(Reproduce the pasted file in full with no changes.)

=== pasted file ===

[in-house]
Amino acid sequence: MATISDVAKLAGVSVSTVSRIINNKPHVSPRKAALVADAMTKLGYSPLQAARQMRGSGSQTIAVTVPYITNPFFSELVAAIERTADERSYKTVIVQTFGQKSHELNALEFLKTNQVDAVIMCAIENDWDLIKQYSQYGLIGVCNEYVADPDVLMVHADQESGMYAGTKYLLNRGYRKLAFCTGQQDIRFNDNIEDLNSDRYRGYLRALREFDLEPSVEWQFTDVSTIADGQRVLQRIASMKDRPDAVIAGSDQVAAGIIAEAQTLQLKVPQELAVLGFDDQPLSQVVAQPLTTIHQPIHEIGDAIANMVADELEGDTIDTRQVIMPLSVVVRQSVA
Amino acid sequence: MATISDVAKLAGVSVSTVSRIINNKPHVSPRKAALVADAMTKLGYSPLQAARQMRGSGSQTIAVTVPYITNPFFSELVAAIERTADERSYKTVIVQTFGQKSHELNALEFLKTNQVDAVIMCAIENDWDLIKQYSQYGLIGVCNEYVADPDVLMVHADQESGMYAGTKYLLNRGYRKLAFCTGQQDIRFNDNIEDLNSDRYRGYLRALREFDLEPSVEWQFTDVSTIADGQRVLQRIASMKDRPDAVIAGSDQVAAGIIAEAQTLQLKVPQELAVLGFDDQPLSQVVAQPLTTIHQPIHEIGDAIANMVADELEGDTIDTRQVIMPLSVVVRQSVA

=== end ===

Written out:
[in-house]
Amino acid sequence: MATISDVAKLAGVSVSTVSRIINNKPHVSPRKAALVADAMTKLGYSPLQAARQMRGSGSQTIAVTVPYITNPFFSELVAAIERTADERSYKTVIVQTFGQKSHELNALEFLKTNQVDAVIMCAIENDWDLIKQYSQYGLIGVCNEYVADPDVLMVHADQESGMYAGTKYLLNRGYRKLAFCTGQQDIRFNDNIEDLNSDRYRGYLRALREFDLEPSVEWQFTDVSTIADGQRVLQRIASMKDRPDAVIAGSDQVAAGIIAEAQTLQLKVPQELAVLGFDDQPLSQVVAQPLTTIHQPIHEIGDAIANMVADELEGDTIDTRQVIMPLSVVVRQSVA
Amino acid sequence: MATISDVAKLAGVSVSTVSRIINNKPHVSPRKAALVADAMTKLGYSPLQAARQMRGSGSQTIAVTVPYITNPFFSELVAAIERTADERSYKTVIVQTFGQKSHELNALEFLKTNQVDAVIMCAIENDWDLIKQYSQYGLIGVCNEYVADPDVLMVHADQESGMYAGTKYLLNRGYRKLAFCTGQQDIRFNDNIEDLNSDRYRGYLRALREFDLEPSVEWQFTDVSTIADGQRVLQRIASMKDRPDAVIAGSDQVAAGIIAEAQTLQLKVPQELAVLGFDDQPLSQVVAQPLTTIHQPIHEIGDAIANMVADELEGDTIDTRQVIMPLSVVVRQSVA